With reference to FIG. 1, an exemplary light emitting assembly or lamp 10 is shown in accordance with one preferred structure of the present invention. The light emitting assembly 10 comprises a semiconductor UV radiation source, such as a light emitting diode (LED) chip 12 and leads 14 electrically attached to the LED chip. The leads 14 may comprise thin wires supported by a thicker lead frame(s) 16 or the leads may comprise self supported electrodes and the lead frame may be omitted. The leads 14 provide current to the LED chip 12 and thus cause the LED chip 12 to emit radiation.
The lamp may include any semiconductor blue or UV light source that is capable of producing white light when its emitted radiation is directed onto the phosphor. In a preferred embodiment, the semiconductor light source comprises a blue emitting LED doped with various impurities. Thus, the LED may comprise a semiconductor diode based on any suitable III-V, II-VI or IV-IV semiconductor layers and preferably has an emission wavelength of about 250 to 500 nm. Preferably, the LED may contain at least one semiconductor layer comprising GaN, ZnSe or SiC. For example, the LED may comprise a nitride compound semiconductor represented by the formula IniGajAlkN (where 0≦i; 0≦j; 0≦k and i+j+k=1) having an emission wavelength greater than about 250 nm and less than about 500 nm. Such LED semiconductors are known in the art. The radiation source is described herein as an LED for convenience. However, as used herein, the term is meant to encompass all semiconductor radiation sources including, e.g., semiconductor laser diodes.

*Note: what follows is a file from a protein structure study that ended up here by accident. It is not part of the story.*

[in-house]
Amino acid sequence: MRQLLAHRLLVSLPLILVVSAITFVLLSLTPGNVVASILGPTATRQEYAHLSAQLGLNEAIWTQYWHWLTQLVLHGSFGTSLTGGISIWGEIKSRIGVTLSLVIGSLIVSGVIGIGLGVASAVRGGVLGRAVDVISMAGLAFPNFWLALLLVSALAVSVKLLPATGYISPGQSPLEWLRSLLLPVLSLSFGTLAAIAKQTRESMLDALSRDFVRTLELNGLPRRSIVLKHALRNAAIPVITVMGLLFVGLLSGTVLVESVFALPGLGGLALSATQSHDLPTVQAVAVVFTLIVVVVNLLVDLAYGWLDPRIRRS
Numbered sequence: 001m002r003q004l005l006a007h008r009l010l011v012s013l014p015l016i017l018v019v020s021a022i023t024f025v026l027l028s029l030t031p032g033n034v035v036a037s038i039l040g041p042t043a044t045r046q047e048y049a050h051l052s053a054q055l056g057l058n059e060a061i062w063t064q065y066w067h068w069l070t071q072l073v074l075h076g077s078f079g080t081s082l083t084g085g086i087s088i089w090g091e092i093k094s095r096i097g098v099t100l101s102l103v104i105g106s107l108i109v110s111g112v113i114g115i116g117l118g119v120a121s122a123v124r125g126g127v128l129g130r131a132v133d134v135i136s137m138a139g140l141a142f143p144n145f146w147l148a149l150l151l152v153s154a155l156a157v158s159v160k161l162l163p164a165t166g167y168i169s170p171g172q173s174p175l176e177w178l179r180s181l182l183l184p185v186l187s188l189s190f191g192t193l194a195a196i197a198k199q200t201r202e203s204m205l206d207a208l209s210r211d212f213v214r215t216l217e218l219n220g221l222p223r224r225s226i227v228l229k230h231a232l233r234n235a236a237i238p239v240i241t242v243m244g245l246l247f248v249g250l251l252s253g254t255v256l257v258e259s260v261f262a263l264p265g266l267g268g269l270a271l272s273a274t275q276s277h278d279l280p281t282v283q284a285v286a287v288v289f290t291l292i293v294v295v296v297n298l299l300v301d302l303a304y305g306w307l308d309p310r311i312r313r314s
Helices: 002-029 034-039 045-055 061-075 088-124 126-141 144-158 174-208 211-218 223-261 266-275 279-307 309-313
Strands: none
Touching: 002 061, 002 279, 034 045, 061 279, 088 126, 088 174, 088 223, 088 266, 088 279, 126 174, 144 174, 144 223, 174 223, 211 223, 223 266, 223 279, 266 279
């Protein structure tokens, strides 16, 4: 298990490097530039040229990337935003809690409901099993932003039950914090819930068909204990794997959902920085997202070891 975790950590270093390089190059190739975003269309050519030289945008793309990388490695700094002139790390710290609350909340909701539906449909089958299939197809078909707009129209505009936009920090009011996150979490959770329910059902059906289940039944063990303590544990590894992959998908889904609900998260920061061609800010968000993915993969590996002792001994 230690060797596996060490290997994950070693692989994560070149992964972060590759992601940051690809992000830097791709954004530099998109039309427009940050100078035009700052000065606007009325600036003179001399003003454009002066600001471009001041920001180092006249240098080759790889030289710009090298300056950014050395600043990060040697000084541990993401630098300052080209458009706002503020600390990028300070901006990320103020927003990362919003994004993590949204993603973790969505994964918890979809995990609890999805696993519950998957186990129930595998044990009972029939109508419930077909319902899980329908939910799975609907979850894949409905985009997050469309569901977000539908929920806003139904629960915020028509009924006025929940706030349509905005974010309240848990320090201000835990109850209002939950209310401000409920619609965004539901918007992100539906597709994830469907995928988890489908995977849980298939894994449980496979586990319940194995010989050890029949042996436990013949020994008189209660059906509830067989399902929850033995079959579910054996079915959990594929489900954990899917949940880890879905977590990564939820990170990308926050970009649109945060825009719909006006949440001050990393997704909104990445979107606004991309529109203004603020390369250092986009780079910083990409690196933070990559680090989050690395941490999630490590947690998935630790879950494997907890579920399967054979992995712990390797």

Although the general discussion of the exemplary structures of the invention discussed herein are directed toward inorganic LED based light sources, it should be understood that the LED chip may be replaced by an organic light emissive structure or other radiation source unless otherwise noted and that any reference to LED chip or semiconductor is merely representative of any appropriate radiation source.